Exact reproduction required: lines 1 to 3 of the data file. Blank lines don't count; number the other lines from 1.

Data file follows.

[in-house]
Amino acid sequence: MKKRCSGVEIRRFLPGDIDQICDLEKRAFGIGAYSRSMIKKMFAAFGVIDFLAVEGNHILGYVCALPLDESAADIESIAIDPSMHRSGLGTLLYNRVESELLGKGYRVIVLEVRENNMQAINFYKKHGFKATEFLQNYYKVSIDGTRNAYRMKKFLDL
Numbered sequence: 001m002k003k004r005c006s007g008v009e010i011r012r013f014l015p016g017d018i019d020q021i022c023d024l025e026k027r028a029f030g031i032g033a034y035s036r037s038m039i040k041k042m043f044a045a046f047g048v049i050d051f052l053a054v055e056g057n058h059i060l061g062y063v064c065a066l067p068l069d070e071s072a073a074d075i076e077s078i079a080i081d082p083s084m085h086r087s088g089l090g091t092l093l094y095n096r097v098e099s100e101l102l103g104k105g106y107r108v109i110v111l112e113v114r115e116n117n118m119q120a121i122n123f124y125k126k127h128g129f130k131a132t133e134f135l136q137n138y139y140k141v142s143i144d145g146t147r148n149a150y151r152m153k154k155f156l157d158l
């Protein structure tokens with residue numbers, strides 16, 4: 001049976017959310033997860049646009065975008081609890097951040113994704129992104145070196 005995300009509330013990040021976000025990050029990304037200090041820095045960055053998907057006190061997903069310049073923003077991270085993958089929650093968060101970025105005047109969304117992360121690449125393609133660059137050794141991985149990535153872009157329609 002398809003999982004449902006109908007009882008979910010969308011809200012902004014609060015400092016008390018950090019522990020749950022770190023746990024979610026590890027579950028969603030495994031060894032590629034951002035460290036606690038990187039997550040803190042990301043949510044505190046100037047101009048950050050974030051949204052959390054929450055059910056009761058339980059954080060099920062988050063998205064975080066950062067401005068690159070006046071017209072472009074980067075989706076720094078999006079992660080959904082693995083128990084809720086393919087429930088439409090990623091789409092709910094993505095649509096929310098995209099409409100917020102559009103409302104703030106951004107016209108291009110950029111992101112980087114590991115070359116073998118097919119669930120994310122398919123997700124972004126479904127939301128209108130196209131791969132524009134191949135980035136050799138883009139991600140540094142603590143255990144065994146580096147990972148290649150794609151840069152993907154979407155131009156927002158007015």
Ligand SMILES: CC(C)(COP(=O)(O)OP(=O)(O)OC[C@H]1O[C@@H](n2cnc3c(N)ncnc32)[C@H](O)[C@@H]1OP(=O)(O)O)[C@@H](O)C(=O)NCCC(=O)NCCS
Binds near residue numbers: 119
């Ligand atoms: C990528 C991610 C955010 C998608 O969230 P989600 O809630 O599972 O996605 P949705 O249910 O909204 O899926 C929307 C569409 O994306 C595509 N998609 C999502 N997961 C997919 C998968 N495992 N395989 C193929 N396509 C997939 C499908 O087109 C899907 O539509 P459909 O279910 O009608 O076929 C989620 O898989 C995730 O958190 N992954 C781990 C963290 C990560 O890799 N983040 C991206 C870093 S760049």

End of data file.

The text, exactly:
[in-house]
Amino acid sequence: MKKRCSGVEIRRFLPGDIDQICDLEKRAFGIGAYSRSMIKKMFAAFGVIDFLAVEGNHILGYVCALPLDESAADIESIAIDPSMHRSGLGTLLYNRVESELLGKGYRVIVLEVRENNMQAINFYKKHGFKATEFLQNYYKVSIDGTRNAYRMKKFLDL
Numbered sequence: 001m002k003k004r005c006s007g008v009e010i011r012r013f014l015p016g017d018i019d020q021i022c023d024l025e026k027r028a029f030g031i032g033a034y035s036r037s038m039i040k041k042m043f044a045a046f047g048v049i050d051f052l053a054v055e056g057n058h059i060l061g062y063v064c065a066l067p068l069d070e071s072a073a074d075i076e077s078i079a080i081d082p083s084m085h086r087s088g089l090g091t092l093l094y095n096r097v098e099s100e101l102l103g104k105g106y107r108v109i110v111l112e113v114r115e116n117n118m119q120a121i122n123f124y125k126k127h128g129f130k131a132t133e134f135l136q137n138y139y140k141v142s143i144d145g146t147r148n149a150y151r152m153k154k155f156l157d158l